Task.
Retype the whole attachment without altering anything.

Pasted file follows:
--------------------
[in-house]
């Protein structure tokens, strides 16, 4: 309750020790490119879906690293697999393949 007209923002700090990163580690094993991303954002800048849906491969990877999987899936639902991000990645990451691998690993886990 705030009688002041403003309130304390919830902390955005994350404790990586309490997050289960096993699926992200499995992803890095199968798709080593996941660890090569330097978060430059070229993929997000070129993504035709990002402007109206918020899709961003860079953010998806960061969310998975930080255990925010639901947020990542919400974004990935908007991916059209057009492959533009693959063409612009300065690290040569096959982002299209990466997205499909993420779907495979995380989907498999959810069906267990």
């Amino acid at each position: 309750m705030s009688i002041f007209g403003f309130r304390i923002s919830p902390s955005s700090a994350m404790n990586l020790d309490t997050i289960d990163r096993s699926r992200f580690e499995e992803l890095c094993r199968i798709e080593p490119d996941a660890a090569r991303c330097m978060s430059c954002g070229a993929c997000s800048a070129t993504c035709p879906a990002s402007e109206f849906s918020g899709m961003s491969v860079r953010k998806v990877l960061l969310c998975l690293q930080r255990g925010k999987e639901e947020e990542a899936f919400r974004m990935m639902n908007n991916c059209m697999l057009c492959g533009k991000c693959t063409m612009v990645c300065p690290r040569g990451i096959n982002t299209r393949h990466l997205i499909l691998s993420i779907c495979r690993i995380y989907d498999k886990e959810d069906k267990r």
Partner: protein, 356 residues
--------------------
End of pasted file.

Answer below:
[in-house]
């Protein structure tokens, strides 16, 4: 309750020790490119879906690293697999393949 007209923002700090990163580690094993991303954002800048849906491969990877999987899936639902991000990645990451691998690993886990 705030009688002041403003309130304390919830902390955005994350404790990586309490997050289960096993699926992200499995992803890095199968798709080593996941660890090569330097978060430059070229993929997000070129993504035709990002402007109206918020899709961003860079953010998806960061969310998975930080255990925010639901947020990542919400974004990935908007991916059209057009492959533009693959063409612009300065690290040569096959982002299209990466997205499909993420779907495979995380989907498999959810069906267990």
């Amino acid at each position: 309750m705030s009688i002041f007209g403003f309130r304390i923002s919830p902390s955005s700090a994350m404790n990586l020790d309490t997050i289960d990163r096993s699926r992200f580690e499995e992803l890095c094993r199968i798709e080593p490119d996941a660890a090569r991303c330097m978060s430059c954002g070229a993929c997000s800048a070129t993504c035709p879906a990002s402007e109206f849906s918020g899709m961003s491969v860079r953010k998806v990877l960061l969310c998975l690293q930080r255990g925010k999987e639901e947020e990542a899936f919400r974004m990935m639902n908007n991916c059209m697999l057009c492959g533009k991000c693959t063409m612009v990645c300065p690290r040569g990451i096959n982002t299209r393949h990466l997205i499909l691998s993420i779907c495979r690993i995380y989907d498999k886990e959810d069906k267990r």
Partner: protein, 356 residues